Michael Gocksch, a 22-year-old Yale graduate from Centerport, NY is facing charges for the death of his girlfriend Marina Keegan, The Huffington Post reports.
Gocksch reportedly has been summoned for a hearing in Massachusetts for charges that include motor vehicle homicide by reckless operation.
Keegan, 22, was pronounced dead at the scene of a route 6 traffic accident in Dennis, Mass after Gocksch lost control of their vehicle. Gocksch was transported to Cape Cod Hospital in Hyannis and treated for minor injuries, according to The Boston Globe.
Keegan was a talented writer whose column “Another View: The Science and Strategy of College Recruiting” appeared in The New York Times’ The Deal Book. Keegan’s final Yale Daily News column “The Opposite of Loneliness” has gone viral since her untimely death.
Keegan was very active on her college campus. A member of the College Democrats, she helped start Occupy Morgan Stanley, a protest group that challenged campus recruiting.
Her group once gathered outside an information session held by Morgan Stanley and chanted slogans like “Take a stance, don’t go into finance,” according to The New York Times.
Keegan, a playwright, co-wrote the musical “Independents,” which will premier at the New York Fringe Festival this summer, according to the New York Times. Keenan planned to work as an assistant at The New Yorker magazine.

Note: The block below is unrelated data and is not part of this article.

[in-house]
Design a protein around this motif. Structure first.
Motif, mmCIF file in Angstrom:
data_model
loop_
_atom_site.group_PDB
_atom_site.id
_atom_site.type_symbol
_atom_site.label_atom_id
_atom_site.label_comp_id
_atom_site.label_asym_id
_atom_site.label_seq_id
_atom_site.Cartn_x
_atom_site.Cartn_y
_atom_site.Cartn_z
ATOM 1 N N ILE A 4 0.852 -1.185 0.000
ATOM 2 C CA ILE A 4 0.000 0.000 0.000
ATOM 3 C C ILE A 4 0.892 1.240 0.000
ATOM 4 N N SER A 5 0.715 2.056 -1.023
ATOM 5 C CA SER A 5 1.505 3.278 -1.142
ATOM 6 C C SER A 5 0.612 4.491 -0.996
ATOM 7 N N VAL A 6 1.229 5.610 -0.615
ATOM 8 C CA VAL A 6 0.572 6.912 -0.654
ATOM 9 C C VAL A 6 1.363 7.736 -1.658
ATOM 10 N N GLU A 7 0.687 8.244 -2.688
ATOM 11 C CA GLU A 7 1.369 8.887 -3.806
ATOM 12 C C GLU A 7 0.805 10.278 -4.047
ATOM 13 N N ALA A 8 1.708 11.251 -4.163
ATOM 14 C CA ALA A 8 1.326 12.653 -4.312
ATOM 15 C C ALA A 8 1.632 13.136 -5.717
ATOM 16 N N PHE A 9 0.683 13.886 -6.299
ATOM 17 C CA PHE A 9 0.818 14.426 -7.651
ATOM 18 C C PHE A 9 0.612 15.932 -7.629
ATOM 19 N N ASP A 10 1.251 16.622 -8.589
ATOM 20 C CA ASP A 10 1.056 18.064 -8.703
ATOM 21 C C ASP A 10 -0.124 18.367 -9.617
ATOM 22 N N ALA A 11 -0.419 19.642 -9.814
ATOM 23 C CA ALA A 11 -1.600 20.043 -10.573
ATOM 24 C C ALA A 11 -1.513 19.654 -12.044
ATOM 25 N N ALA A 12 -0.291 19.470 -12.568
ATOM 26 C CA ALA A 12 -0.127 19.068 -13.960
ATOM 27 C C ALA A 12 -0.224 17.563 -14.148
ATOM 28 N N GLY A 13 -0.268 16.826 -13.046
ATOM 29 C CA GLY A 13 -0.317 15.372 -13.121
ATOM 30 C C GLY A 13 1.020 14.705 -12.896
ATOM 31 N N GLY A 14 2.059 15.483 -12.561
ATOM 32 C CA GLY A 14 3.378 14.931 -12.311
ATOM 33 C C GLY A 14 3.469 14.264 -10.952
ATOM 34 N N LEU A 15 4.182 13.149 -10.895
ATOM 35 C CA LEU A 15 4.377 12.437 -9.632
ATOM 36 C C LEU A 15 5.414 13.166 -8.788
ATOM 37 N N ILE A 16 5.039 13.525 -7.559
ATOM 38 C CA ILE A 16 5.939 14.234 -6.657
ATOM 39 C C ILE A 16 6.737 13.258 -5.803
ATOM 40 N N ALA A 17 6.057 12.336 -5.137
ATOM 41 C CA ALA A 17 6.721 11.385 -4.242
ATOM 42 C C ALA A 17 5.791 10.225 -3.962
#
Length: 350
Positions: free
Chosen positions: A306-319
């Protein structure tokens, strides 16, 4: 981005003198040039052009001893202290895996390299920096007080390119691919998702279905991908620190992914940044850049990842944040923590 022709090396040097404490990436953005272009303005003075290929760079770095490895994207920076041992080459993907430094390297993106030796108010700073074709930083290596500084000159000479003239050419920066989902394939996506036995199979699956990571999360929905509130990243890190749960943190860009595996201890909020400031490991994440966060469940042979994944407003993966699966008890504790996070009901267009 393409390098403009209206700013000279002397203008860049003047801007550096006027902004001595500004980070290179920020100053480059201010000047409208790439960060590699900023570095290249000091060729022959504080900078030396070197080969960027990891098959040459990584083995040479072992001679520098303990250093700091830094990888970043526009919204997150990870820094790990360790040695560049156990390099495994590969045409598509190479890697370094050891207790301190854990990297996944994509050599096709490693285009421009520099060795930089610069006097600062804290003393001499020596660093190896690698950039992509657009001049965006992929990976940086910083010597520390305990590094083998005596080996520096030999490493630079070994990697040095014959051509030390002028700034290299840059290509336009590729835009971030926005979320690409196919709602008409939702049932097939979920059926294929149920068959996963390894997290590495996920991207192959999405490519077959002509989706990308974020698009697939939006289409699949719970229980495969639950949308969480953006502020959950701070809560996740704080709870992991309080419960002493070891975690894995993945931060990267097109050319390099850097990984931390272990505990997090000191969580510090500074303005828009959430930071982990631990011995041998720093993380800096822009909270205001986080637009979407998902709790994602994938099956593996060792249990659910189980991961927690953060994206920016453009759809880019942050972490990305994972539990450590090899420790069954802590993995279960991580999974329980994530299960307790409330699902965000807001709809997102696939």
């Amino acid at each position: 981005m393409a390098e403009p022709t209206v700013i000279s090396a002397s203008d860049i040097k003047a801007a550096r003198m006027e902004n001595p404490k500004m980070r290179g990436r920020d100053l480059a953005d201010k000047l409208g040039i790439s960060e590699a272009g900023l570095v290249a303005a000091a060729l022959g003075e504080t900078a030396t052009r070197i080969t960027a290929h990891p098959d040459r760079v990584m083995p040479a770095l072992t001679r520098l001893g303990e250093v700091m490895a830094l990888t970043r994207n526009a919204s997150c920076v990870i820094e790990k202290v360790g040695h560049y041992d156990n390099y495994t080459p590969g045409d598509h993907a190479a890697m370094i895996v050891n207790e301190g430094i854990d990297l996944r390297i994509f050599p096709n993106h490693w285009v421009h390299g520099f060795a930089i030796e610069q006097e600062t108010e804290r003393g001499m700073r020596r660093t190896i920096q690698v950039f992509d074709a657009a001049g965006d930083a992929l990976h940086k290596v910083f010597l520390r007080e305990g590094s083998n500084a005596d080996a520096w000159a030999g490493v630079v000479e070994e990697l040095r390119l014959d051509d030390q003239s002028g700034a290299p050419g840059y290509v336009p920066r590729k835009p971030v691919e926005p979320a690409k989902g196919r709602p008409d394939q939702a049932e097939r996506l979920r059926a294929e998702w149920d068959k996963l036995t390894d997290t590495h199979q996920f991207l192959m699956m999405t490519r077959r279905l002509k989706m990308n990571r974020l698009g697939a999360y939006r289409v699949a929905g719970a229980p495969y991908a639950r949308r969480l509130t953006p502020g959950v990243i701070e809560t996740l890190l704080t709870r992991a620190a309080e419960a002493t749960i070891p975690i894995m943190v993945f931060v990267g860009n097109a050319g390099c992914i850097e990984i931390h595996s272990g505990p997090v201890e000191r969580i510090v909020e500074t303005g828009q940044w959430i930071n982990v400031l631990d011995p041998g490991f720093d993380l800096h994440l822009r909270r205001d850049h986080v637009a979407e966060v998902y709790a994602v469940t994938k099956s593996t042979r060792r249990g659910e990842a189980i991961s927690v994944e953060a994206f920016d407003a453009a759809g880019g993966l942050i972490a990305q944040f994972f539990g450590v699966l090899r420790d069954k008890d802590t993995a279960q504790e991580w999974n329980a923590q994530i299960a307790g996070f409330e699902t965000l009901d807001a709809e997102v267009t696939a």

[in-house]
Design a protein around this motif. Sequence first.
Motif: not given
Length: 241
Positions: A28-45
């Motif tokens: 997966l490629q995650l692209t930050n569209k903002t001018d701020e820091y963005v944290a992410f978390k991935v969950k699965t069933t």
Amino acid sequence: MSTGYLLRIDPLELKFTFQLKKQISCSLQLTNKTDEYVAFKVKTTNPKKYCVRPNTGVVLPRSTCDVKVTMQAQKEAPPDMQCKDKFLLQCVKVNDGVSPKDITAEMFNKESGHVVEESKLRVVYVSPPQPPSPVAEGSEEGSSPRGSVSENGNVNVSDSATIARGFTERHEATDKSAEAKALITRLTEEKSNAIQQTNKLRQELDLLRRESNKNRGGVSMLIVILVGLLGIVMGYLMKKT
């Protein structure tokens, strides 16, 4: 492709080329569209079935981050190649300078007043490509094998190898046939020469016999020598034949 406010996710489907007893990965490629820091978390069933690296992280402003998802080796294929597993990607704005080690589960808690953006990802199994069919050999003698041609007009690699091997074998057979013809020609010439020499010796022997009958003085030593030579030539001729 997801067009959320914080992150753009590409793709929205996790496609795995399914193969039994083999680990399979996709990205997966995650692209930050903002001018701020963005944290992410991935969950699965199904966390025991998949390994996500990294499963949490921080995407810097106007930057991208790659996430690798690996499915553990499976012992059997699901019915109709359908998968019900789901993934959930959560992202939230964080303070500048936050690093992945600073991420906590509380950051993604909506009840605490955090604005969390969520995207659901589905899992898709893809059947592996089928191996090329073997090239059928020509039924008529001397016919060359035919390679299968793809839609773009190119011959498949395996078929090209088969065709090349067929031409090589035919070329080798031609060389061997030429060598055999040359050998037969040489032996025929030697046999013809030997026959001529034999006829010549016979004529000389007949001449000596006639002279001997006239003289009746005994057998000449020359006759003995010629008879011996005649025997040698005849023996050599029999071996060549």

In her viral column “The Opposite of Loneliness,” Keegan stressed to fellow classmates to cherish their youth.
“We’re so young. We’re so young. We’re twenty-two years old. We have so much time,” she said. “There’s this sentiment I sometimes sense, creeping in our collective conscious as we lay alone after a party, or pack up our books when we give in and go out – that it is somehow too late. That others are somehow ahead. More accomplished, more specialized. More on the path to somehow saving the world, somehow creating or inventing or improving. That it’s too late now to BEGIN a beginning and we must settle for continuance, for commencement.”
“What we have to remember is that we can still do anything. We can change our minds. We can start over,” she said. “Get a post-bac or try writing for the first time. The notion that it’s too late to do anything is comical. It’s hilarious. We’re graduating college. We’re so young. We can’t, we MUST not lose this sense of possibility because in the end, it’s all we have.”
Friends and Family Bid Farewell to Keegan